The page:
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Project Sunrise: A350 or 777X?

jetset

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What we know so far is that Qantas wishes to make a decision by the end of this year (2019) to fly by 2022.
This was always a pretty tight schedule for Boeing. Remember that while the A350 has been flying for a few years now, the 777x series has never actually left the ground. Maiden flight isn't scheduled until next year! (2020) And now Boeing has delayed development of the 777-8, which was the only Boeing variant that can realistically fly the distance with a commercial payload. I don't think that Boeing is capable of delivering such a plane by 2022. Aviationweek suggests 2023 at the earliest.

It's pretty clear that within the time-frame that Qantas has specified, only Airbus can realistically deliver a plane. This is likely to be the speculated A350-1000ULR.

This puts Qantas in an interesting position. They realistically have two options. Either Qantas sticks to the original timeline and select Airbus by default or they delay the competition to give Boeing time to develop their 777-8. However delaying the competition would be perceived as preferential treatment and might lead to Airbus pulling out. Qantas probably doesn't want bad blood while they are negotiating their 737 fleet renewal. They need good relationships with both manufacturers to ensure the best negotiating position.

Either way this is a fascinating project.
 

Himeno

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4 crew for what 42-44 hrs? of safety critical work seems tough - that’s still 11 hrs each without considering the (lack of) sleep considerations.
Where did you get 42-44 hours from?

The sunrise flights would be 21-22 hours in length, so roughly 24 hours duty time. Crew would then have approx 3 days rest in the outport before returning with another 24 hour duty period.

The issue is going to be (as with the PER-LHR flights) that if the flight has to divert somewhere, for any reason, it isn't going anywhere once in the diversion port until there has been a long enough rest period for the crew to complete the remaining flight.
 

DC3

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4 crew for what 42-44 hrs? of safety critical work seems tough - that’s still 11 hrs each without considering the (lack of) sleep considerations.
A couple of shifts should do it?

Edit: Content
 
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dajop

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Where did you get 42-44 hours from?

The sunrise flights would be 21-22 hours in length, so roughly 24 hours duty time.
Assuming 2 crew in the cockpit. 2x 21-22 = 42-44 hours of work between 4 crew.
 

DC3

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Assuming 2 crew in the cockpit. 2x 21-22 = 42-44 hours of work between 4 crew.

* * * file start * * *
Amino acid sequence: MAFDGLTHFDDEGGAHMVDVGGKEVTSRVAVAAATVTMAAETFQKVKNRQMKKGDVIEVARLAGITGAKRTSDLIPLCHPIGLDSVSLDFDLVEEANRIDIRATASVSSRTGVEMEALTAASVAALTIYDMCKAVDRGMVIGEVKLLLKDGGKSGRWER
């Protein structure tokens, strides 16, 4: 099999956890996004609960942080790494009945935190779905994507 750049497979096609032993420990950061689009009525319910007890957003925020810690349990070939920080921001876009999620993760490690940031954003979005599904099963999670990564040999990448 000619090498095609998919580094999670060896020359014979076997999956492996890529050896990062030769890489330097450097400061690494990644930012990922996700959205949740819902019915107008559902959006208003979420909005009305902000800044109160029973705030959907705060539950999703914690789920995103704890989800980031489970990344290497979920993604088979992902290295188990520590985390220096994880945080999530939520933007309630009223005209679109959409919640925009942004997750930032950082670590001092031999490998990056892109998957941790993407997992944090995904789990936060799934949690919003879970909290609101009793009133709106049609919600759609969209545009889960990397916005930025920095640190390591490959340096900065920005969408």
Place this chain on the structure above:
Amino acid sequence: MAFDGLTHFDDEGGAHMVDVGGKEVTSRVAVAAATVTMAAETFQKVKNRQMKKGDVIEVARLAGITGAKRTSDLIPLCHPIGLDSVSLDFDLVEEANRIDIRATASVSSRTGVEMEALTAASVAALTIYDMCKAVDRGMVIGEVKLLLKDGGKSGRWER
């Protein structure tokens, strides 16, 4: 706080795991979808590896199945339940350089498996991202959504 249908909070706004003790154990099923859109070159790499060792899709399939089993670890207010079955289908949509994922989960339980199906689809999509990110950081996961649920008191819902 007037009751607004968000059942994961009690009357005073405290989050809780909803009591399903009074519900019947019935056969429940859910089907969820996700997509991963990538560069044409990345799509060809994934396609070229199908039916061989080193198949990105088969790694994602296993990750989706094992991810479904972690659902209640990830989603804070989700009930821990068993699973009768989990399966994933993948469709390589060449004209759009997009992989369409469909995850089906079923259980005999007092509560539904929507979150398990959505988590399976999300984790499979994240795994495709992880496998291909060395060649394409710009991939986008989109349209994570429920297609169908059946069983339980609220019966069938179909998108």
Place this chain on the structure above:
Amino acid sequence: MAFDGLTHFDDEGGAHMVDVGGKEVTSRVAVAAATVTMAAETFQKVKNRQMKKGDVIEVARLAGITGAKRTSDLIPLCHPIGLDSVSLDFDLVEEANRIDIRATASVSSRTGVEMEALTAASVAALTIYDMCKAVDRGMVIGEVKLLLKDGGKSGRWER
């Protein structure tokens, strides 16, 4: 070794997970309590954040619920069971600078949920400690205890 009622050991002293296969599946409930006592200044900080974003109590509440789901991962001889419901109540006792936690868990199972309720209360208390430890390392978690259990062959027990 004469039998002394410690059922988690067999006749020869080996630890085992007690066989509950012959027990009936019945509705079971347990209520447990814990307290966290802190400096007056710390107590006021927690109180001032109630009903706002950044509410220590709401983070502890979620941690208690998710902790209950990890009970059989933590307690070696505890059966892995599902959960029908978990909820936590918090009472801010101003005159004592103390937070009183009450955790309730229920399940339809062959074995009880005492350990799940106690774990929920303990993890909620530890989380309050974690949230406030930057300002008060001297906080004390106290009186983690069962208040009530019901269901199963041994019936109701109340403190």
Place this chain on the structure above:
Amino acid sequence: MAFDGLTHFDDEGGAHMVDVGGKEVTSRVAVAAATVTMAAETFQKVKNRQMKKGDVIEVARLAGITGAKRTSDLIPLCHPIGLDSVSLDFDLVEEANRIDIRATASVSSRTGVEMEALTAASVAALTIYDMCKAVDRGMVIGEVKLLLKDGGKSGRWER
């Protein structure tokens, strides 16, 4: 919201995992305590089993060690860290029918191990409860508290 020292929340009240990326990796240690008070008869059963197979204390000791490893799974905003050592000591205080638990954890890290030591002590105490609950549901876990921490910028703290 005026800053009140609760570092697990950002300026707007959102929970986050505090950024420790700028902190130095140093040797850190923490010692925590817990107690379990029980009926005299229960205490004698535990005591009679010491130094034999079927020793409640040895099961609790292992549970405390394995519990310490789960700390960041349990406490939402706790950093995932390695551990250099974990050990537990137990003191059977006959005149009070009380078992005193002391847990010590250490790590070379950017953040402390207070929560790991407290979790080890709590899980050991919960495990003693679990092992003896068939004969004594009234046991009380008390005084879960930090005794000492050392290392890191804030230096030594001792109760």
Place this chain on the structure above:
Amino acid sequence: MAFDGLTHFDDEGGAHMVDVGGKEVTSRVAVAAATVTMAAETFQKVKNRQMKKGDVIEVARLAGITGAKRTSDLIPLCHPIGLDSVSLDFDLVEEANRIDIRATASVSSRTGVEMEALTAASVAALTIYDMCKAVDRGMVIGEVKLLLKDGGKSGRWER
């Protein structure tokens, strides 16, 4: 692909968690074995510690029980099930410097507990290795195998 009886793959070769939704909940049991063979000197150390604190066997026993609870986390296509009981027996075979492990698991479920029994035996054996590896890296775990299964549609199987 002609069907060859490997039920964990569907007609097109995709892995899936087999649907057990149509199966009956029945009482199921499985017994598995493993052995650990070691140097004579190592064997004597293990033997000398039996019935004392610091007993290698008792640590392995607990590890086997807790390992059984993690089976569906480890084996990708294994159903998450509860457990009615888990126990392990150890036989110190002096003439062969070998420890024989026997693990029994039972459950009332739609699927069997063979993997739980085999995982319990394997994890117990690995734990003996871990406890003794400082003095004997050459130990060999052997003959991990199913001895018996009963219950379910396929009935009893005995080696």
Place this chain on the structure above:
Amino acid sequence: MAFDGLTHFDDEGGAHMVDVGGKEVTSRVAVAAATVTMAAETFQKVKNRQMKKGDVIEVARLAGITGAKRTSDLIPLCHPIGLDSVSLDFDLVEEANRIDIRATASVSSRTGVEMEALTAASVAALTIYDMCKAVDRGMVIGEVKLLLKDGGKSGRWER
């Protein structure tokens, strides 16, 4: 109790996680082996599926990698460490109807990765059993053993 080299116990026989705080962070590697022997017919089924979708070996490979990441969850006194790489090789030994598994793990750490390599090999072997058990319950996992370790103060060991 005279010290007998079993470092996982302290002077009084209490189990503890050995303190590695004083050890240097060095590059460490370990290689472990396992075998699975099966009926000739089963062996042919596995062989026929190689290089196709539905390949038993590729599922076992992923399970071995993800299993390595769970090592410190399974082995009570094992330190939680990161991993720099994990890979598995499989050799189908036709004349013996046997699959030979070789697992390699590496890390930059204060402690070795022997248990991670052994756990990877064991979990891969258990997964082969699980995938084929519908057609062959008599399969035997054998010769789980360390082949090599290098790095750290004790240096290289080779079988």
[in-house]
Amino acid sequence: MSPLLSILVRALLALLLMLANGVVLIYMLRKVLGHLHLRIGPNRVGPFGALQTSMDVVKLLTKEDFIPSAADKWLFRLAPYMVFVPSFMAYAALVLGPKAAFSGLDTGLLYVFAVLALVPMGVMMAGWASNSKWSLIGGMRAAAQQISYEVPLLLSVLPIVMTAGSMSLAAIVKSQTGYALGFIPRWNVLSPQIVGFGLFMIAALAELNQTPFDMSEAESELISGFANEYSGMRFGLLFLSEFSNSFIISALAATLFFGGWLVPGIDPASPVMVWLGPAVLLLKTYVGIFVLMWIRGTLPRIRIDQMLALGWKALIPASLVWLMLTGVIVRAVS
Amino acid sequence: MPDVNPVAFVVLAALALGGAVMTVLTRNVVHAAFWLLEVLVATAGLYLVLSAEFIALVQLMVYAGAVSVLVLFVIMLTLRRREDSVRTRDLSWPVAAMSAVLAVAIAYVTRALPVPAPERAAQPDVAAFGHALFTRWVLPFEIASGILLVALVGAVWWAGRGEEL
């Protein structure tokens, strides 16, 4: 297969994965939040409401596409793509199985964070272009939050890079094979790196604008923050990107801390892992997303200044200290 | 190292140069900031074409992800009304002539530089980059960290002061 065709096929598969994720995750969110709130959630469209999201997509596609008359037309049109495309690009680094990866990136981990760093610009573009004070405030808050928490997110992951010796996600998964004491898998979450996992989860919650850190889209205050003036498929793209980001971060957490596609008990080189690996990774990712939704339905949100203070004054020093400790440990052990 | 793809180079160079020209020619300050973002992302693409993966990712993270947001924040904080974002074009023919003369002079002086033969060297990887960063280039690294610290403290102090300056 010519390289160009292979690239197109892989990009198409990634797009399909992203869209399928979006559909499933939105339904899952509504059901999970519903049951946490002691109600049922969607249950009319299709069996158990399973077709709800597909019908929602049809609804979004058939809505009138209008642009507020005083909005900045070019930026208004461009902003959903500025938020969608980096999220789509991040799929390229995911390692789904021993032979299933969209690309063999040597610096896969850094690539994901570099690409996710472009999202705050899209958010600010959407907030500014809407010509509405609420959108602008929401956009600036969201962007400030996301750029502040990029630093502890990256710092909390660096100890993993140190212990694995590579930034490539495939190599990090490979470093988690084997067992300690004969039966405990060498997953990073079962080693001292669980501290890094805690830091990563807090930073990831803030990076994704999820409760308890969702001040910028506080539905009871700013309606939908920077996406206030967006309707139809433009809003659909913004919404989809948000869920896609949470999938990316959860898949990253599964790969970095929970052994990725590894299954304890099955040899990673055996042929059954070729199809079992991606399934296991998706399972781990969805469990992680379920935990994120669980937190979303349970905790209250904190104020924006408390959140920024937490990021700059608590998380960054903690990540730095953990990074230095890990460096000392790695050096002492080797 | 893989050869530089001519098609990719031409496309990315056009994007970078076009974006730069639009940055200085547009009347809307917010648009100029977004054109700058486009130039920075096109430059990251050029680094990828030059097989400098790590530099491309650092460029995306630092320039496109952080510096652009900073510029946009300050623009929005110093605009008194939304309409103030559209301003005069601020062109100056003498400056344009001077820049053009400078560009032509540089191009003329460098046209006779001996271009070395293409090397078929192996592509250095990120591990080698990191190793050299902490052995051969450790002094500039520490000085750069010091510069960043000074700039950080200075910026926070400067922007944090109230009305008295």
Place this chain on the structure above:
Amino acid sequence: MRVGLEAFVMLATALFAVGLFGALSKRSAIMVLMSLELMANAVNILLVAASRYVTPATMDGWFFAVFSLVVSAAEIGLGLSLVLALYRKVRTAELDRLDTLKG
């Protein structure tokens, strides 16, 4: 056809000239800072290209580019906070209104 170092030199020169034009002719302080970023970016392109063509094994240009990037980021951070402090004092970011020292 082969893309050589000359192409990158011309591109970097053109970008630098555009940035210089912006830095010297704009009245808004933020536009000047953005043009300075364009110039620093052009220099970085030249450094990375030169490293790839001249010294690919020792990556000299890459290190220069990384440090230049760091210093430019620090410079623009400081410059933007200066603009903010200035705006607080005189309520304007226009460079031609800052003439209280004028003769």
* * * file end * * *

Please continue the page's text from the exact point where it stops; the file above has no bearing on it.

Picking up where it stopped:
Probably 2 working and 2 resting/sleeping. Not that much different to PER-LHR really. Similar scenario?
 

jb747

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For a flight time of, say, 18:30 hours, you'll have another hour before, and 30 minutes after. So, the actual tour of duty would be 20 hours. Everybody is 'on' for the hour before, and the first hour of the flight. Then all on again for the last hour, plus that 30 minutes.

So...the total duty time is (20*2) + (3:30*2) = 47 hours.

Looking at it another way. 18:30 flight time - 2 hours (all on time) = 16:30. Divide that by two, and you get the potential bunk time per seat. So, 8:15 off duty, and 11:45 on.

It all depends upon the design of the crew rest, and whether crew actually get any sleep in it or not. A quote from a management person (some years ago, and referring to another aircraft), when there were complaints about that aircraft's crew rest...."CASA says we have to give you a crew rest. Nothing says you have to be able to sleep in it". I thought he was pretty harsh at the time, but he's probably a pussycat compared to the new breeds of management.
 
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Himeno

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It all depends upon the design of the crew rest, and whether crew actually get any sleep in it or not. A quote from a management person (some years ago, and referring to another aircraft), when there were complaints about that aircraft's crew rest...."CASA says we have to give you a crew rest. Nothing says you have to be able to sleep in it". I thought he was pretty harsh at the time, but he's probably a pussycat compared to the new breeds of management.
The crew rest at the back of the 747 upper deck just in front of the stairs?
 

jeremyaus

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I saw on youtube that Boeing is delaying the production of the 777X variant after the 737max disaster, so maybe Qantas will choose Airbus for the long flight if it comes out in time? But i hope it works out with Airbus or Boeing, coz im happy to give the trip a go.